There’s a lot to know about starting a business properly, to avoid legal problems, and hopefully to make a profit. The purpose of this article is to provide some resources you can use to get started on the right foot.

The author is not an accountant or a lawyer, and cannot provide legal or financial advice. However, the resources provided here can help you learn the basics, and save you time and money when you actually consult a lawyer or accountant.


  1. Visit SCORE (, an organization of retired business people who advise and help entrepreneurs and small businesses. They have a lot of great information and resources on their website. They also have offices in most large cities, where you can get in-person advice. Note that SCORE is partially funded through the US Small Business Administration (SBA). Your tax dollars are at work, so take advantage.
  2. The SMALL BUSINESS ADMINISTRATION also operates its own website with useful info and resources for small businesses,
  3. Visit you local library. Libraries are often overlooked in the age of the Internet, but they have lots of information on starting a business, and especially local regulations. Ask to see the REFERENCE LIBRARIAN.
  4. Check your local COMMUNITY COLLEGES; they often have short courses on starting a business. This may seem like a big delay when you are anxious to get your business started, but some solid instruction in the basics of running a business can make the difference between success and failure. You’ll learn a lot, and also get a chance to network with other new business owners.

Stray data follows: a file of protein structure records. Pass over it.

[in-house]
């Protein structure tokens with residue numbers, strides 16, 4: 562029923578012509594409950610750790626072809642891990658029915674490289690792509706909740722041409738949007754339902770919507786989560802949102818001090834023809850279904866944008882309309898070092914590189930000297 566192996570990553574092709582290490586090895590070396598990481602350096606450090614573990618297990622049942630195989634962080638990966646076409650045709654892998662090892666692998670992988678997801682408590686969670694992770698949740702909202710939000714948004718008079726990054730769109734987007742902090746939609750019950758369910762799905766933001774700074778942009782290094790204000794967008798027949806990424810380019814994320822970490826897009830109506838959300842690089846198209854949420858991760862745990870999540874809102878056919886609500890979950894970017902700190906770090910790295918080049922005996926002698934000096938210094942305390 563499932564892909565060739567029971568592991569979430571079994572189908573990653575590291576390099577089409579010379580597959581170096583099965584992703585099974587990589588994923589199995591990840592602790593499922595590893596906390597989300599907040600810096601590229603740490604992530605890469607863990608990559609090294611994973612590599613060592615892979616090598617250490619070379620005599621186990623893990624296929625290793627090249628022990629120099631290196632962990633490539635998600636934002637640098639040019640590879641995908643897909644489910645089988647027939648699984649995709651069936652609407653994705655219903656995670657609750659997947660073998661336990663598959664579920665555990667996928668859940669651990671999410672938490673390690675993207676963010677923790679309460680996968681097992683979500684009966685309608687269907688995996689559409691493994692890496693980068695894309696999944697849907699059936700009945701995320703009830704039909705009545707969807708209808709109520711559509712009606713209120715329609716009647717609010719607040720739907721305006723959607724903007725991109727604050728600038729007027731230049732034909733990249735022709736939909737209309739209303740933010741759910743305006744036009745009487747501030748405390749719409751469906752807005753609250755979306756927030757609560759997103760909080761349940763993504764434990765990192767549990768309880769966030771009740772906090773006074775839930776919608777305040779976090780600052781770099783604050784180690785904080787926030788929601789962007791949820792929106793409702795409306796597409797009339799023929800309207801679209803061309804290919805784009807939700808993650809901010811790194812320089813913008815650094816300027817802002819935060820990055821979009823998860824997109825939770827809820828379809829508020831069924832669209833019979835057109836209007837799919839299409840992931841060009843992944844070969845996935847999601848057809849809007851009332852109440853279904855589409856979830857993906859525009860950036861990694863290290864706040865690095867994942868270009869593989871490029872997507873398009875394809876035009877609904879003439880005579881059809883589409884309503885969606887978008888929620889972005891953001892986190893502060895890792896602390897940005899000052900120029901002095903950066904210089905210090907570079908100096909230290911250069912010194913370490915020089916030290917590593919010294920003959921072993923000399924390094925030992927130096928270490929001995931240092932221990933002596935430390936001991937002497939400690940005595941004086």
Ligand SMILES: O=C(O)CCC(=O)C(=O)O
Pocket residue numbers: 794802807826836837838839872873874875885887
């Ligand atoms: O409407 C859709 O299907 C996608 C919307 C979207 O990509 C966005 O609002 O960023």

5. If you need to trademark a product name, you’ll probably need professional help. To understand the basics for yourself, read theNOLO PRESS book Trademark: Legal Care for Your Business & Product Name.
  6. Another useful site with lots of great information is
  7. You may decide to form a legal “business entity” such as a corporation, LLC, or Partnership for your business. Legal entities can provide tax benefits and liability protection. Before you talk to a lawyer, we recommend learning the basics by reading Incorporate Your Business: A Legal Guide to Forming a Corporation in Your State (book with CD-Rom)
  8. Consider joining your local CHAMBER OF COMMERCE. It’s a good way to network with other business owners and talk about common problems. And many chamber members prefer to patronize other member businesses, so it’s a good way to gain new customers.

Finally, it’s very important for most businesses to have a professional website, and to understand Internet marketing. Studies show that over two-third of consumers in the US now rely on the Internet as their first source of information when looking for local products and services.

For professional graphic design, website development, and Internet marketing, contact LunaGraphica Inc.